Oil: The Real Green Fuel
A rolling "dead zone" off the
Alas, I'm not talking about the Deepwater Horizon oil spill. As terrible as that catastrophe is, such accidents have occurred in U.S. waters only about once every 40 years (and globally about once every 20 years). I'm talking about the dead zone largely caused by fertilizer runoff from American farms along the Mississippi and Atchafalaya river basins. Such pollutants cause huge algae plumes that result in oxygen starvation in the gulf's richest waters, near the delta.
Because the dead zone is an annual occurrence, there's no media feeding frenzy over it, even though the average annual size of these hypoxic zones has been about 6,600 square miles over the last five years, and they are driven by bipartisan federal agriculture, trade and energy policies.
Indeed, As Steven Hayward notes in the current Weekly Standard, if policymakers continue to pursue biofuels in response to the current anti-fossil-fuel craze, these dead zones will get a lot bigger every year. A 2008 study by the
Of course, that's just one of the headaches "independence" from oil and coal would bring. If we stop drilling offshore, we could lose up to
But wait a minute -- isn't that precisely why we're investing in "renewables," to free ourselves from this vicious petro-cycle? Don't the Billy Sundays of the
This is infuriating and dangerous nonsense, as
As for wind and solar, even if such technologies were wildly more successful than they have been, so what? You could quintuple and then quintuple again the output of wind and solar and it wouldn't reduce our dependence on oil. Why? Because we use oil for transportation, not for electricity. We would offset coal, but again at an enormous price. If we tried to meet the average amount of energy typically used in America, we would need wind farms the size of
If you remove the argument over climate change from the equation (as even European governments are starting to do), one thing becomes incandescently clear: Fossil fuels have been one of the great boons both to humanity and the environment, allowing forests to regrow (now that we don't use wood for heating fuel or grow fuel for horses anymore) and liberating billions from backbreaking toil. The great and permanent shortage is usable surface land and fresh water. The more land we use to produce energy, the less we have for vulnerable species, watersheds, agriculture, recreation, etc.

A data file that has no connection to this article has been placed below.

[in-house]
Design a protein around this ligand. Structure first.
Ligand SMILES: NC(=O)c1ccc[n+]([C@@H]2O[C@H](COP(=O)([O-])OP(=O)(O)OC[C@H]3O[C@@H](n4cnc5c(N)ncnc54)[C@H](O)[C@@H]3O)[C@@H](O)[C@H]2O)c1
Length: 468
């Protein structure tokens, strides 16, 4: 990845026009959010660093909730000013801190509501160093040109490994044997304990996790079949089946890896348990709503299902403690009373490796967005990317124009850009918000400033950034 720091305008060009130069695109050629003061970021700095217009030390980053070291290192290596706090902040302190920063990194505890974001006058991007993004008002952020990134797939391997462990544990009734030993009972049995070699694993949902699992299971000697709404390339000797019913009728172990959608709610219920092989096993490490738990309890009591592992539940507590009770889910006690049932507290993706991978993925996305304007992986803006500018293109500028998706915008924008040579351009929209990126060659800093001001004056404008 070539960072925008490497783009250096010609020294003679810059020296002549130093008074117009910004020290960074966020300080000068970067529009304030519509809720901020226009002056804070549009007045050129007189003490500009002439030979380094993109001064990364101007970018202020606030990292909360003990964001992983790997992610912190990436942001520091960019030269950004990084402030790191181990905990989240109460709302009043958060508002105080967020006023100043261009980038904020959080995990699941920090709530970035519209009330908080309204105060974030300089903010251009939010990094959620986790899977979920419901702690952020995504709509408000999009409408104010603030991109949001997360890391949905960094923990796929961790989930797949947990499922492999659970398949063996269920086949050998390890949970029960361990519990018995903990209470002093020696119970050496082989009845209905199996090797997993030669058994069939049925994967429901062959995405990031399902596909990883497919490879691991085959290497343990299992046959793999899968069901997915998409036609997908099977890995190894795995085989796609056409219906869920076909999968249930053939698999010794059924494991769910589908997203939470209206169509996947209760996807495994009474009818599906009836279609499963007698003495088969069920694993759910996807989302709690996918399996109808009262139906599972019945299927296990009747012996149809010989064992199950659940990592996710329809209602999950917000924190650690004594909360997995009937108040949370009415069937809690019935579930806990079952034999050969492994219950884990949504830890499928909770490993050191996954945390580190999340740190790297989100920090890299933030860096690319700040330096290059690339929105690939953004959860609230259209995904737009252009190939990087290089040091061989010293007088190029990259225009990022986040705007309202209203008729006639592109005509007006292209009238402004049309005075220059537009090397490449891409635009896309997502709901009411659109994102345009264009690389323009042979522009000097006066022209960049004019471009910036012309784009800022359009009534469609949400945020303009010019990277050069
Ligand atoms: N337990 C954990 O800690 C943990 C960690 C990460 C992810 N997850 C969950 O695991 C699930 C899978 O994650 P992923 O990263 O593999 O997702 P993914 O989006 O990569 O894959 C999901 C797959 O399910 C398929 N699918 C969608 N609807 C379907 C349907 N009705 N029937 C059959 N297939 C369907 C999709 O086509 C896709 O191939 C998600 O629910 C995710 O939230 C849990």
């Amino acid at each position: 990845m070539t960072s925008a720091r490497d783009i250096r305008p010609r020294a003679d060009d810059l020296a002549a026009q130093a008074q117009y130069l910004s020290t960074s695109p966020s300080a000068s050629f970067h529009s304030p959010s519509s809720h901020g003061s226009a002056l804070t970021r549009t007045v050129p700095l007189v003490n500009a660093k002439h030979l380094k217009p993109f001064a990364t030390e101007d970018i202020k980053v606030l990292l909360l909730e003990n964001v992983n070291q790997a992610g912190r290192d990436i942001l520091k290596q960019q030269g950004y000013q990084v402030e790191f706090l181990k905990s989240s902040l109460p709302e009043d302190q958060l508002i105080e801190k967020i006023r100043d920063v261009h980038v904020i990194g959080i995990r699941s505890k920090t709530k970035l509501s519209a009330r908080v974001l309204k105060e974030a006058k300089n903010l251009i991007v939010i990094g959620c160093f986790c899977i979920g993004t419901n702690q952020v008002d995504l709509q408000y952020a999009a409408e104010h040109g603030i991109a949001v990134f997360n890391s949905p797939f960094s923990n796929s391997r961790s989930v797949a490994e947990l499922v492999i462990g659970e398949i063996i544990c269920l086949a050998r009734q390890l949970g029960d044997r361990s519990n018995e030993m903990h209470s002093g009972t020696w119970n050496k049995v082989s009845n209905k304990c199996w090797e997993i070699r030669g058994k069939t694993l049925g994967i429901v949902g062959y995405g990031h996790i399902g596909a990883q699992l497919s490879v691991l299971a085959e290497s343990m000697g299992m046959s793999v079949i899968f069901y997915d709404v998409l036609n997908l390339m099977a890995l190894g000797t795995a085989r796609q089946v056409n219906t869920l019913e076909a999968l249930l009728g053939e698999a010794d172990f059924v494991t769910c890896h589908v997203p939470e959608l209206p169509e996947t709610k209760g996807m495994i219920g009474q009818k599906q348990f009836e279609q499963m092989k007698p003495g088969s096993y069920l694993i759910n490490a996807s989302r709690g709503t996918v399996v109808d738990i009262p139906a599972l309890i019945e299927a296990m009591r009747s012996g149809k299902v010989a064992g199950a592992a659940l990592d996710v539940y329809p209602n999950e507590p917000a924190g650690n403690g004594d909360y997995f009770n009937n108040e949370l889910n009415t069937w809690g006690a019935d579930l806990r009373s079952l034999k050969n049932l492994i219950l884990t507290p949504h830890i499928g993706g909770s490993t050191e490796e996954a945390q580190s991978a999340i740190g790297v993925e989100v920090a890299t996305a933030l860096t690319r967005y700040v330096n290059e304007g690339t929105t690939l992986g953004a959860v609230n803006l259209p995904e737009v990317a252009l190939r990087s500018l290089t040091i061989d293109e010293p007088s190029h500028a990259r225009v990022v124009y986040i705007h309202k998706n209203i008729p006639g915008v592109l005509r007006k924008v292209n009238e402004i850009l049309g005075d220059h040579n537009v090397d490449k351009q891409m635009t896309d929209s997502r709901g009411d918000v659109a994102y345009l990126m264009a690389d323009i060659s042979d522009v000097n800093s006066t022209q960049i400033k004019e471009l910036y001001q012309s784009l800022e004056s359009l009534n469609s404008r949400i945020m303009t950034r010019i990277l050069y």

"If you like wilderness, as I do," Ridley writes, "the last thing you want is to go back to the medieval habit of using the landscape surrounding us to make power."
The calamity in the gulf is heartrending and tragic. A thorough review of government oversight and industry safety procedures is more than warranted. But as counterintuitive as it may be to say so, oil is a green fuel, while "green" fuels aren't. And this spill doesn't change that fact.
- Senate Challenge to EPA Climate Change Authority
- Oil: The Real Green Fuel
- BP Oil Spill: First, Do No Harm
- BP Gulf Oil Spill Could Spur Energy Bill
- Wave Power Could Reduce Dependency on Oil
- Americans Becoming Global Warming Skeptics
- Extreme Environmentalism
- Global Warming, Ethanol, DDT and Environmentalism's Dark Side
- Paying the High Price of Food Waste
- Do You Love Mama Earth?
- Obama's Climate Czar Working Toward National Energy Policy
- Obama's Offshore Oil Decision Has Political Dimension
- Climate Change Debate and The Future of Energy
- Dirty Truth About Air: Pollution's Effect On Heart Health Obesity and Fertility
- Climategate Shows There's No Global Warming Consensus
- Climategate Reflects Changing Debate over Global Warming
- Global Warming Fact Denial Won't Change Climate Back
- Watch What Obama Says Not What He Does on Cap and Trade Off-Shore Drilling
- Energy-Efficient Updates Help Homeowners Save Cash
- Going Green Is Good Business
- Small Town Grapples with Legacy of Chemical Byproduct
- Side by Side in Need for Green Growth: China and America try cooperation
- Jolt for Energy Innovation: Government Investing
- National Power Grid That Thinks
- Exxon: Slow Evolution of an Oil Giant
- Stuttering Start for Electric Cars
- Going the Extra Mile
- Front Line of the Climate War
Environment - Oil: The Real Green Fuel
(c) 2010 Jonah Goldberg